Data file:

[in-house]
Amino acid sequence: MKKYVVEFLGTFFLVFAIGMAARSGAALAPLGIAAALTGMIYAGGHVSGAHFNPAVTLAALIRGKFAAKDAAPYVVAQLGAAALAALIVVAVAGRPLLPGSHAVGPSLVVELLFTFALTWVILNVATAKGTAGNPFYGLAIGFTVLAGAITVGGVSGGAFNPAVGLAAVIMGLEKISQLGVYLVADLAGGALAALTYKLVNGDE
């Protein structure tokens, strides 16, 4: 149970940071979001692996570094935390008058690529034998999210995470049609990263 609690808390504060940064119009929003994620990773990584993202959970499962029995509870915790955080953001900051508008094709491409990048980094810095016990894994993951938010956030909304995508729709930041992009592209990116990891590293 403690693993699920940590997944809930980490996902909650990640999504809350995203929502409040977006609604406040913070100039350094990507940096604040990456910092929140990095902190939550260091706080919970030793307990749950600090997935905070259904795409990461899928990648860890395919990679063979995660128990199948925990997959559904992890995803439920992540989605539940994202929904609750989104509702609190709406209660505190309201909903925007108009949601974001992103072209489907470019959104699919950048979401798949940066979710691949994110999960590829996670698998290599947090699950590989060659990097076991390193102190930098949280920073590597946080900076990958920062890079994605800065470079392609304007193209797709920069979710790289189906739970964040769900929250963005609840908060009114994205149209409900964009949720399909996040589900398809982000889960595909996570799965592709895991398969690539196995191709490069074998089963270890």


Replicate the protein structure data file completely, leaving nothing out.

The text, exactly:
[in-house]
Amino acid sequence: MKKYVVEFLGTFFLVFAIGMAARSGAALAPLGIAAALTGMIYAGGHVSGAHFNPAVTLAALIRGKFAAKDAAPYVVAQLGAAALAALIVVAVAGRPLLPGSHAVGPSLVVELLFTFALTWVILNVATAKGTAGNPFYGLAIGFTVLAGAITVGGVSGGAFNPAVGLAAVIMGLEKISQLGVYLVADLAGGALAALTYKLVNGDE
């Protein structure tokens, strides 16, 4: 149970940071979001692996570094935390008058690529034998999210995470049609990263 609690808390504060940064119009929003994620990773990584993202959970499962029995509870915790955080953001900051508008094709491409990048980094810095016990894994993951938010956030909304995508729709930041992009592209990116990891590293 403690693993699920940590997944809930980490996902909650990640999504809350995203929502409040977006609604406040913070100039350094990507940096604040990456910092929140990095902190939550260091706080919970030793307990749950600090997935905070259904795409990461899928990648860890395919990679063979995660128990199948925990997959559904992890995803439920992540989605539940994202929904609750989104509702609190709406209660505190309201909903925007108009949601974001992103072209489907470019959104699919950048979401798949940066979710691949994110999960590829996670698998290599947090699950590989060659990097076991390193102190930098949280920073590597946080900076990958920062890079994605800065470079392609304007193209797709920069979710790289189906739970964040769900929250963005609840908060009114994205149209409900964009949720399909996040589900398809982000889960595909996570799965592709895991398969690539196995191709490069074998089963270890």